Jose Thomas

My Blog

Sunday 26th June, 2011



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Dear friends,

I am aware that I am being very open about my failures and many people have asked me why I do this. My intention in sharing my real life experiences is to condition the younger generation who are already facing a challenging world.

Many people have become rich by virtue of inheritance. They inherit fortunes or even prime properties in growing economies across the world, becoming instant millionaires. There was never a time in the past when profits from real estate were like what it is today. I didn’t have such luck. All my father left me was Choice Canning Company. I never had any windfalls and all that I have today is a result of sheer hard work.

I sometimes wonder what my life would have been like if I had inherited such wealth. I don’t know if I would have worked this hard, I don’t know if I would have fought on. Easy money, I think, is not sustainable. Money has to be earned. Money earned rightfully will be passed on to your generations. Quick fixes are not a solution, though this may not be understood by the next generation. Hence there is only one mantra. Make money by hard work and nothing but hard work.

One of the key mantras to a successful business today is to own assets, as well as having ample liquidity. It is a kind of a comfort that, I believe, one should keep below your pillow. Staying liquid gives you the ability to command the business that you are involved in.

Continuing with my story about ‘recovery’- my main struggle was with liquidity. I had no extra cash to spare. I could not make any kind of adjustment to settle my creditors. So it was nothing but a struggle and a tough one at that! As I look back now, it was a period of severe testing. This was in 1996, when the Asian currency crisis hit the global economy. The whole world panicked. Major Asian currencies lost their value. The Rupee did too. This was the time, when I woke up every morning with the hope of saying, “I am almost there’, and in fact, I almost was.

During this period, I used to sell most of my seafood products to a company based in LA with whom I used to do business. The product I sold them was processed at my Nellore plant, based on their specifications.

My shipping business was prospering. My Cochin seafood business too was prospering, but my Nellore business, producing black tiger shrimp was a drain and this impaired the progress I made in my other businesses. So, what I was seeing was neither an improvement nor deterioration, rather, stagnation. At this point in time, I could have got disheartened and given up easily, but I didn’t.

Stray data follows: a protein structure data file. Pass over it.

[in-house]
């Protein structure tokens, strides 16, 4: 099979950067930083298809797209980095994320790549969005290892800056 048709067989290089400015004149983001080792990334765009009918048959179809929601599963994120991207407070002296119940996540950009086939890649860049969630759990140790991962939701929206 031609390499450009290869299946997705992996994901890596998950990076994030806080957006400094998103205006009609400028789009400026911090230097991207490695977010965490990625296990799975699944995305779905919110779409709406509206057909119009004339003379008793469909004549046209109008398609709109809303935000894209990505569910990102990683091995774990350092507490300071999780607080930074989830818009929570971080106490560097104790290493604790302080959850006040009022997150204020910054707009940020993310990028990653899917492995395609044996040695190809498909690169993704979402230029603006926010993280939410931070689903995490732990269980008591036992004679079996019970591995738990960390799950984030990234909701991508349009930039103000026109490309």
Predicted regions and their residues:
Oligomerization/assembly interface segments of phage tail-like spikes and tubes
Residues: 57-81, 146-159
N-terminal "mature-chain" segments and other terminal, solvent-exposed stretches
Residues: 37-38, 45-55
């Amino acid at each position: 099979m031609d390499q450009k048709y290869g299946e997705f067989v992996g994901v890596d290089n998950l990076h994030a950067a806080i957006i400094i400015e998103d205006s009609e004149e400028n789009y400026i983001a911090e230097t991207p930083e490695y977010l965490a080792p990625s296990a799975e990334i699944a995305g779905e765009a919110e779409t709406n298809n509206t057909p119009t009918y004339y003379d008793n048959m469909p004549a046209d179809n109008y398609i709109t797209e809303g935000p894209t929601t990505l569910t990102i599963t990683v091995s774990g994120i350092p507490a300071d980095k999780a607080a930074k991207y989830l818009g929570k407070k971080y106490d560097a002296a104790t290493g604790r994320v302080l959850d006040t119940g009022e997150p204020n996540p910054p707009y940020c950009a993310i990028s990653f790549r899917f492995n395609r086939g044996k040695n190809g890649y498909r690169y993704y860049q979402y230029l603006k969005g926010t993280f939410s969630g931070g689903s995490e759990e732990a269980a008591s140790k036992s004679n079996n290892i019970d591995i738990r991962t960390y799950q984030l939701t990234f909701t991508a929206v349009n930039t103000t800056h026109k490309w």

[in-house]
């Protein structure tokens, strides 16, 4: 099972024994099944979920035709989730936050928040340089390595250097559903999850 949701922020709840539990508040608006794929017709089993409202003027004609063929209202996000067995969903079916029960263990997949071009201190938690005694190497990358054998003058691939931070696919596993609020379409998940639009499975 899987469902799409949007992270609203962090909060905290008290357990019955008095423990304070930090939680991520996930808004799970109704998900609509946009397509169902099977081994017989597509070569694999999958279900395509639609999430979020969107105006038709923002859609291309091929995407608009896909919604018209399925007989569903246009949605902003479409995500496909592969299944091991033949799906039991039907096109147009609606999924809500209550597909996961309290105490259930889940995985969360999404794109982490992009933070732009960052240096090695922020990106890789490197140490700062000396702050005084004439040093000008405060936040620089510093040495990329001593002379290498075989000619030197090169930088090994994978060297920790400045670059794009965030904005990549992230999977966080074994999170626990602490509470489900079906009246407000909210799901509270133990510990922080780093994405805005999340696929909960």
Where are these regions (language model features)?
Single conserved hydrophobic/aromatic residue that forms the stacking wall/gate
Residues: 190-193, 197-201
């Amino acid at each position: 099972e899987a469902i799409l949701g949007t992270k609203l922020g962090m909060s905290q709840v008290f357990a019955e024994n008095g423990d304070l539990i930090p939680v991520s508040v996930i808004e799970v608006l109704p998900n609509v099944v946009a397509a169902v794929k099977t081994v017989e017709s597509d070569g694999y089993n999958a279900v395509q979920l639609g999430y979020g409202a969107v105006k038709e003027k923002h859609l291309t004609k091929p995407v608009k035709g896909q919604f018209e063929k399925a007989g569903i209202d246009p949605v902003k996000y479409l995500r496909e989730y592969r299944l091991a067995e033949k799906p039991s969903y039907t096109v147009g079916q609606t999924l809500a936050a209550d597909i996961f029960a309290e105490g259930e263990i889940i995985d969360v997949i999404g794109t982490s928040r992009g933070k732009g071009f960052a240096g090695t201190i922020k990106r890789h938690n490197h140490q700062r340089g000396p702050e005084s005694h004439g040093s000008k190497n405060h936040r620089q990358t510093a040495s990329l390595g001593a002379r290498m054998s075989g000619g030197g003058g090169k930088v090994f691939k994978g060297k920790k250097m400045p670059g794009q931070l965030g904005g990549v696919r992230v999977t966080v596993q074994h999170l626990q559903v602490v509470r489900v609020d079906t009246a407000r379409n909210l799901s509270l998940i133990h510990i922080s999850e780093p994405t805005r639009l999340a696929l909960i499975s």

I was struggling. I could not procure shrimp because I did not pay my farmers; my factory in Andhra Pradesh was idling, incurring huge costs. This was when one of my rich farmers called to ask if I was interested in buying raw material from his firm. I was so excited, someone calling me and assuring me of supplies! I started procuring shrimp immediately, from him, processed the raw material and sold the goods to my customer in LA. I still recall being there, on the factory floor, personally overseeing the production.

In about ten days, we processed about 80 tons of shrimp, valued at 1 million USD, and exported it to the customer in LA. I made some money in this transaction. I announced to my wife and children that my Nellore business had begun to turn around.

Friends, in about 40 days, the goods reached LA. My customer called me one evening when I was still enjoying the success of this sale, and informed me that they cannot accept these goods because the quality did not meet their specifications. I was shocked, as these shrimp were processed right in my factory at Nellore, in my presence. My honesty and integrity was part of this production. I was sure we had followed all the specifications.

I was told that this particular consignment was being rejected by my customer and the reason given was that “the color of the shrimp had turned brown”. I knew this was unacceptable. There was no way this could have happened. I just could not believe it. I received a fax from my customer asking me to refund the 1 million dollars that they had paid toward this particular transaction. I was shocked and I asked “God, why again?” I anxiously wondered how I could outlive this shock. I faced the grim reality that I would be deep in trouble.

Friends, as I write this story sitting in Cochin today, on the grounds of Choice School, watching my employees celebrate the start up season for Choice Day 2011, by conducting Choice Sports Day, I cannot fathom how I walked that painful journey and came out of it.

The story takes an interesting twist from here, stay tuned to find out how I overcame this million dollar crisis.

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Responses to
 Bibin. E.V says:
Dear Sir, I'm your fan. usually I trying to read your all articles- amazing. and thanks sir. and one thing ...I want to start a business( screen printing)- what are the things I should care.. can you advice me.. Bibin Riyadh
 C.A.Majeed says:
 Alfred Rakesh says:
Sir,first time am reading ones blog n so intrested in it...waiting to be continued...keep on going....god bless you... Regards, Alfred
 jikku j says:
hi sir, really inspiring....... thnx.
 Ann Sam says:
Hello JT. I enjoy reading U'r blog once in a way. Well I assume the story gets more interesting to read because of the rise( recovery) U have had in spite of the falls. Best wishes & keep the consistency in your existing ventures!
 nagender rao says:
JT, Strange coincidence met some one from cochin on the flight from chicago to abu dhabi and were talking about you. Great to know all is well and back in making mega bucks. How is the family? where is sebastian now a days? Take care with best wishes. Good luck JT.